Current research is focussed on topics around our fleet management system ConnectFleet, mobility solutions, and autonomous driving. ConnectFleet is a fleet management system offering fleet managers various services to make their daily business easier.
The main research fields are MaaS/TaaS (mobility and transportation as a service), building virtually highly distributed high-performance teams and e-mobility. In addition to this, we build a data science platform for processing terrabytes of car data. You find my "Google scholar profile here".
My past research during the time in Berlin focussed on methods for A/B test context validation in dynamic environments for web applications.
Data-driven and continuous development and deployment of modern web applications depend critically on registering changes as fast as possible, paving the way for short innovation cycles. A/B testing is a good candidate for comparing the performance of different versions. Despite the widespread use of A/B tests, there is little research on how to assert the validity of such tests. Even small changes in the application’s user base, hard- or software stack not related to the variants under test can transform on possibly hidden paths into significant disturbances of the overall performance of an A/B test and, hence, invalidate such a test. Therefore, the highly dynamic server and client run-time environments of modern web applications make it difficult to correctly assert the validity of an A/B test.
Michael Nolting and Jan Eike von Seggern. 2016. Context-based A/B Test Validation. In Proceedings of the 25th International Conference Companion on World Wide Web (WWW '16 Companion). International World Wide Web Conferences Steering Committee, Republic and Canton of Geneva, Switzerland, 277-278. DOI: https://doi.org/10.1145/2872518.2889306
During my time at Volkswagen research, I filed the following patent: Vehicle Internet API
In a sentence: An API for creating car-centric Apps to build an AppStore for car manufacturers.
I did my Ph.D. at the University of Hanover under the supervision of Prof. Jörg Hähner and Prof. Monika Sester. I started in August 2007 and submitted my thesis in July 2010. It took about three years of work to complete the Ph.D., which is not too bad for a 100% research program (only a minimum of lecturing was required).
People often ask me how to become a machine learning engineer. The Ph.D. was my way of doing that. By starting a Ph.D. in systems engineering, I knew that I would have the opportunity to work on interesting problems. The Ph.D. opened me a door to a fascinating job market due to the boom in engineering complex data-driven systems, which wasn’t something I expected. All I was hoping to achieve was being qualified to work on more interesting stuff than plain software engineers.
Broadly speaking, the topics of the Ph.D. were in the areas of real-time configuration of active cameras. Although seeming to have not much in common with big data analytics, active cameras implement the map/reduce paradigm by pre-processing vast amounts of image data locally to send only abstract information. Furthermore, they have to analyze jointly (a distributed reduce step) which targets to observe and predict their optimal positions, which is very similar to methods used for predictive analytics for real-time processing. Based on the algorithm I developed in my Ph.D. you could build a distributed cross-brand RoboTaxi system.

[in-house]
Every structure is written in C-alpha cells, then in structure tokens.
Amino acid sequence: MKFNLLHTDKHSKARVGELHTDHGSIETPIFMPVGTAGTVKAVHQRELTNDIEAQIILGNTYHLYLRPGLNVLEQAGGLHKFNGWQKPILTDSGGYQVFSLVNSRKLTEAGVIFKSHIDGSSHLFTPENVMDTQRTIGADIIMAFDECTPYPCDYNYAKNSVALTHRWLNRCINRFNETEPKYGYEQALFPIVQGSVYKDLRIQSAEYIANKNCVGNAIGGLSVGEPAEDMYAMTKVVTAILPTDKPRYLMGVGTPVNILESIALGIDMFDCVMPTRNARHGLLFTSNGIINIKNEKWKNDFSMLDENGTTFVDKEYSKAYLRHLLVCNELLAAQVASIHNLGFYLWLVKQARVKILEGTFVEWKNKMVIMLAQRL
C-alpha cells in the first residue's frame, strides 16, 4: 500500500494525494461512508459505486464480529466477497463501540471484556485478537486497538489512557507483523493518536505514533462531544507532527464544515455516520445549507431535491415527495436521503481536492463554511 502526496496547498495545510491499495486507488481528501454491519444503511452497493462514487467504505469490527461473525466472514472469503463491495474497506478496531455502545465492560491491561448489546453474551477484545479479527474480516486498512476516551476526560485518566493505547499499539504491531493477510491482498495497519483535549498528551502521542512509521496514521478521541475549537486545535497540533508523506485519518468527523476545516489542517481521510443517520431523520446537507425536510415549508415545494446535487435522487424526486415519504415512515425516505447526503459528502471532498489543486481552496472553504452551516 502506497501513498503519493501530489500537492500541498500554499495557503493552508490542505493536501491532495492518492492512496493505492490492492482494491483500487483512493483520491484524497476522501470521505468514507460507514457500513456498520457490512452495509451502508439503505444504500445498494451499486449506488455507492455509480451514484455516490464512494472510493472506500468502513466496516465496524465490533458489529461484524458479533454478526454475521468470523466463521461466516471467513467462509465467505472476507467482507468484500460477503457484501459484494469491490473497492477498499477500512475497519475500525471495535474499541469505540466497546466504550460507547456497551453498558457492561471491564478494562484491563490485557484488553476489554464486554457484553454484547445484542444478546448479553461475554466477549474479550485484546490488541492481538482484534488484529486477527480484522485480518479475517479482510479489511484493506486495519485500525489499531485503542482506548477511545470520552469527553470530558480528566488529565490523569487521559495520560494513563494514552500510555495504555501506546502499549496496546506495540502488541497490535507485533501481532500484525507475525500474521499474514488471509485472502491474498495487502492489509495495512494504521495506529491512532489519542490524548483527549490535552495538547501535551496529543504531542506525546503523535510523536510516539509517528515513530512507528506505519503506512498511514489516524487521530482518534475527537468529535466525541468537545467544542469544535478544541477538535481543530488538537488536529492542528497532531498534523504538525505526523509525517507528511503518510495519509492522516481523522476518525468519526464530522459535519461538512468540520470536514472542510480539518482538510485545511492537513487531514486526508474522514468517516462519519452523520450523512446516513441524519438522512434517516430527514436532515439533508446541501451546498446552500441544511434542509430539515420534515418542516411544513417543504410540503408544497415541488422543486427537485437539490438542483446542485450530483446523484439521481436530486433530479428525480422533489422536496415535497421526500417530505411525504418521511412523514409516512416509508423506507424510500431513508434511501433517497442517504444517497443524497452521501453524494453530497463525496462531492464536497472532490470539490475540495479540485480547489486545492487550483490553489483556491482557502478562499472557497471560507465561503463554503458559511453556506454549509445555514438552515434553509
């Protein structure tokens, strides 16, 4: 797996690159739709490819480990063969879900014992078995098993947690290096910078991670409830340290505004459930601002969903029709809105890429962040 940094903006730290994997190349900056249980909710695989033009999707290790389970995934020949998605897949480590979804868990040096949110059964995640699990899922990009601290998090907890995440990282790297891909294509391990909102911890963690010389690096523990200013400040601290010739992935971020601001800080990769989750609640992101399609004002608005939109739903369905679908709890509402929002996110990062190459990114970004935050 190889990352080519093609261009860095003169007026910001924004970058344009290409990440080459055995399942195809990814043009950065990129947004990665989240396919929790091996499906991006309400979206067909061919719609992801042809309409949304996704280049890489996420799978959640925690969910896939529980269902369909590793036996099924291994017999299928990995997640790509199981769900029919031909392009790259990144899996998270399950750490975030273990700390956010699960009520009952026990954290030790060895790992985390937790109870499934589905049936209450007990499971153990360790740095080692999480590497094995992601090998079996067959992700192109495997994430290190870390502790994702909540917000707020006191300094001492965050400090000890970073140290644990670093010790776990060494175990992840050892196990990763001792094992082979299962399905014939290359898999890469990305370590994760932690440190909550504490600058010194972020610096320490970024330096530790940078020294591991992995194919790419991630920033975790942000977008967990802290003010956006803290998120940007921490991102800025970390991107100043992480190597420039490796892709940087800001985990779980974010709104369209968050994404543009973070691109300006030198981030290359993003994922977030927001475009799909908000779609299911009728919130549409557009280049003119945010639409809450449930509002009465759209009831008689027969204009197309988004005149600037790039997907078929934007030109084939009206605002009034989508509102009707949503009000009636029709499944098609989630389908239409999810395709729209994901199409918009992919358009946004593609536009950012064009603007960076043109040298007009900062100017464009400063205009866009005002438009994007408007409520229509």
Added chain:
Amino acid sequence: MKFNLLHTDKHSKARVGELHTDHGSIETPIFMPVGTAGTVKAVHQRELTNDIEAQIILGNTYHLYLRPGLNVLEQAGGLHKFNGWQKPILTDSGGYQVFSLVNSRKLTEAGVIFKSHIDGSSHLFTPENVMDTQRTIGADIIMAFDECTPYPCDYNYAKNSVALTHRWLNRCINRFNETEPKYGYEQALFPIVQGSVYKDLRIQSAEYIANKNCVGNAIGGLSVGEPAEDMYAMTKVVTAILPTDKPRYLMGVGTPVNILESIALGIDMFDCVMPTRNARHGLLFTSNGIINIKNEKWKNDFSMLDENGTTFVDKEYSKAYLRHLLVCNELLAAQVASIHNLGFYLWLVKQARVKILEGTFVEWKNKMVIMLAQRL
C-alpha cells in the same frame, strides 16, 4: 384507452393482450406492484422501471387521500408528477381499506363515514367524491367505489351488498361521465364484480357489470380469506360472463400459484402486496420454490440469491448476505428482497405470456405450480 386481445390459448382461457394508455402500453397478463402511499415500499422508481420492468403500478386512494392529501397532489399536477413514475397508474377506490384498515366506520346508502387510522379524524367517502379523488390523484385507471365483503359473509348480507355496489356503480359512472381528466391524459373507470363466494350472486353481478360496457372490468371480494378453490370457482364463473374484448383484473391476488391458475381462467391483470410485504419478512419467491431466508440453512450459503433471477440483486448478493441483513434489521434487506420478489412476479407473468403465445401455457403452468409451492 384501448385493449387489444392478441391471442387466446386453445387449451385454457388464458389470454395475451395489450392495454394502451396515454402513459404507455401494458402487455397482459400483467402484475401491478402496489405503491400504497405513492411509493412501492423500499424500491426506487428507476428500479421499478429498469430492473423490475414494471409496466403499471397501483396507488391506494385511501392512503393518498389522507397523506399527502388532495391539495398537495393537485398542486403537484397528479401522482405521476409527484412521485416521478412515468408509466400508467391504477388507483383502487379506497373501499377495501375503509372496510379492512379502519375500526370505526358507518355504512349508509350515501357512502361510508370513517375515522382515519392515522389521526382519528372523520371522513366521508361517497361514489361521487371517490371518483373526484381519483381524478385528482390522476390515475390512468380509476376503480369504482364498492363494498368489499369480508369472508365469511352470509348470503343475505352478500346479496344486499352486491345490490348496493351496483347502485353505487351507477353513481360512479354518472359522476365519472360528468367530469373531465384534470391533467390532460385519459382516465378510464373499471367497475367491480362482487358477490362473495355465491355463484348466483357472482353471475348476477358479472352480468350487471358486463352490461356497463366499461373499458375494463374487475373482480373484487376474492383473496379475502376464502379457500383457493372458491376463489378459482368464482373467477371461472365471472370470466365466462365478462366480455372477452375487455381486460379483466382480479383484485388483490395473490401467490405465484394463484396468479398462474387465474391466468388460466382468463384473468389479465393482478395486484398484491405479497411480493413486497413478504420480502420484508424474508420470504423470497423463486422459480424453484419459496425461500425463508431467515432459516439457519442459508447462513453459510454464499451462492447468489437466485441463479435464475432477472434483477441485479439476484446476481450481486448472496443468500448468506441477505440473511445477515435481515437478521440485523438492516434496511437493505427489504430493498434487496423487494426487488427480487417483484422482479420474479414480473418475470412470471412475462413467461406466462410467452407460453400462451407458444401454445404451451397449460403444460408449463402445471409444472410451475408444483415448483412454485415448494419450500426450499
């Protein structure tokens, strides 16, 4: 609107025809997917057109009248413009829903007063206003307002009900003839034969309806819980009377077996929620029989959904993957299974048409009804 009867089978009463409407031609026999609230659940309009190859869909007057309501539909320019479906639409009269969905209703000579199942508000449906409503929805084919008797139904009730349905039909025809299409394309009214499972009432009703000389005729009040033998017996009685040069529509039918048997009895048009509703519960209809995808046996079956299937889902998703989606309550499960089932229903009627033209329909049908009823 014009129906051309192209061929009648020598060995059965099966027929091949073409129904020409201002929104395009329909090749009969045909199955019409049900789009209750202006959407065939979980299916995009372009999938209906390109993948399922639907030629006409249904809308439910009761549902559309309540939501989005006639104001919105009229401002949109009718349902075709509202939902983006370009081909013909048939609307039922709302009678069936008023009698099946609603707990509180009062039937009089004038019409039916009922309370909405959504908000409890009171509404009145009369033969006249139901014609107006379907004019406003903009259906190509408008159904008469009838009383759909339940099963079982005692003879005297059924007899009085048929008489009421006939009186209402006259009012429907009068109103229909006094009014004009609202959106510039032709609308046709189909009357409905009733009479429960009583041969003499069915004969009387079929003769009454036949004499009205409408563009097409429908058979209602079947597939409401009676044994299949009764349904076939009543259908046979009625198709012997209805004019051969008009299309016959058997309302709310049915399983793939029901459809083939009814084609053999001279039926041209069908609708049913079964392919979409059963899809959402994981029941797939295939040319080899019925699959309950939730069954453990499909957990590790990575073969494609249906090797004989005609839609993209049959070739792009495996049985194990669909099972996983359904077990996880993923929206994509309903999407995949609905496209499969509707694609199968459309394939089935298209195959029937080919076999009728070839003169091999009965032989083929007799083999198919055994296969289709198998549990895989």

The title of my thesis is "Dynamic reconfiguration algorithms for Active Camera Networks". The short, human-friendly abstract is:
Active Camera Networks consist of autonomous vehicles - each one equipped with a visual sensor - communicating wirelessly with each other to perform surveillance tasks in a collaborative way. This thesis is devoted to the problem of wide-area target acquisition of moving targets in a surveillance area. It addresses application scenarios where events unfold over a large geographic area, and close-up views have to be acquired for biometric tasks such as face detection. The main problem is to coordinate numerous cameras to reach a system behavior that only one capture of each target is acquired.
The main publications that resulted from my Ph.D. work are as follows (before I married my last name was Wittke):
M. Wittke, C. Grenz, and J. Hähner: "Towards Organic Active Vision Systems for Visual Surveillance", ARCS '11, 24th International Conference on Architecture of Computing Systems 2011, February 2011
M. Wittke and J. Hähner: "Distributed Vision Graph Update in Mobile Vision Networks", ARCS '10, 23rd International Conference on Architecture of Computing Systems 2010, Workshop Proceedings
M. Wittke and J. Hähner: "Self-balancing Reconfiguration Mechanisms for Active Vision Systems", DEBS '10, Ph.D. Forum - 4th ACM International Conference on Distributed Event-Based Systems, July 2010
M. Wittke, U. Jänen, A. Duraslan, E. Cakar, M. Steinberg and J. Brehm: "Activity Recognition using Optical Sensors on Mobile Phones", Informatics Society Annual Meeting, 2009, 2181-2194
M. Hoffmann, M. Wittke, J. Hähner and C. Müller-Schloer, "Spatial Partitioning in Self-organising Camera Systems", IEEE Journal of Selected Topics in Signal Processing, Aug 2008, 2
M. Wittke, M. Hoffmann, J. Hähner and C. Müller-Schloer: "MIDSCA: Towards a Smart Camera Architecture of Mobile Internet Devices", ICDSC '08, Second ACM/IEEE International Conference on Distributed Smart Cameras, Sept. 2008.